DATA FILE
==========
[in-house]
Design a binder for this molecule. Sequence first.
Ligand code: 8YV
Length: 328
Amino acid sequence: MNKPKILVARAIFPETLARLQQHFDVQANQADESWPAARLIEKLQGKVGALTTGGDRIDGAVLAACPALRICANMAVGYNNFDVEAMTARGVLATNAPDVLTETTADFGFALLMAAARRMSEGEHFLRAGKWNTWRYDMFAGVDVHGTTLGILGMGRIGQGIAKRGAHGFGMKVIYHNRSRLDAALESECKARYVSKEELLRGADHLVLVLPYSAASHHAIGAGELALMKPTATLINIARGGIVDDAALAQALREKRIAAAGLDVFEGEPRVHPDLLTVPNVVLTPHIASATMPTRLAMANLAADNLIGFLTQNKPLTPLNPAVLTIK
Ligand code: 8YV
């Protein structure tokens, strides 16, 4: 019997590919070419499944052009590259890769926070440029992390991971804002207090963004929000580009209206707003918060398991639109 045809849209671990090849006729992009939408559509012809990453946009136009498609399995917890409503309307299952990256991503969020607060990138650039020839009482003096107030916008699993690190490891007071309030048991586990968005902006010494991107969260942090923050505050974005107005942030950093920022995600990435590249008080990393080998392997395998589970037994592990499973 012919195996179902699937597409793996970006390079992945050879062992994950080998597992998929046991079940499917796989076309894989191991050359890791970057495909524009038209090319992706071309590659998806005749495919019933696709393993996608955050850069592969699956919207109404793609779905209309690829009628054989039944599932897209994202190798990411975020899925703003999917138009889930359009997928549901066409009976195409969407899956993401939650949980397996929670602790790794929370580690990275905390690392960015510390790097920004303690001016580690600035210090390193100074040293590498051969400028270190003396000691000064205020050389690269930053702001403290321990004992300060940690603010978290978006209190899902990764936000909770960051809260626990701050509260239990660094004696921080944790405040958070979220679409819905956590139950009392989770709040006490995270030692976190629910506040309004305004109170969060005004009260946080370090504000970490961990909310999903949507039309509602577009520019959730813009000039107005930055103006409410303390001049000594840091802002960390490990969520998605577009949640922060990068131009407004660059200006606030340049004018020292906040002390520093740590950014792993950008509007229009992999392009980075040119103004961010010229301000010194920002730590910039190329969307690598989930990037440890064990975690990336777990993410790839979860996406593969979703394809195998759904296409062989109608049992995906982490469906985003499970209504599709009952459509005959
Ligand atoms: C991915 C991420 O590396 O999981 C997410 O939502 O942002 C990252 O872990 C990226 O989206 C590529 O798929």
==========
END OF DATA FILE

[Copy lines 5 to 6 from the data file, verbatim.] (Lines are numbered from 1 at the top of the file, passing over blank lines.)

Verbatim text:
Amino acid sequence: MNKPKILVARAIFPETLARLQQHFDVQANQADESWPAARLIEKLQGKVGALTTGGDRIDGAVLAACPALRICANMAVGYNNFDVEAMTARGVLATNAPDVLTETTADFGFALLMAAARRMSEGEHFLRAGKWNTWRYDMFAGVDVHGTTLGILGMGRIGQGIAKRGAHGFGMKVIYHNRSRLDAALESECKARYVSKEELLRGADHLVLVLPYSAASHHAIGAGELALMKPTATLINIARGGIVDDAALAQALREKRIAAAGLDVFEGEPRVHPDLLTVPNVVLTPHIASATMPTRLAMANLAADNLIGFLTQNKPLTPLNPAVLTIK
Ligand code: 8YV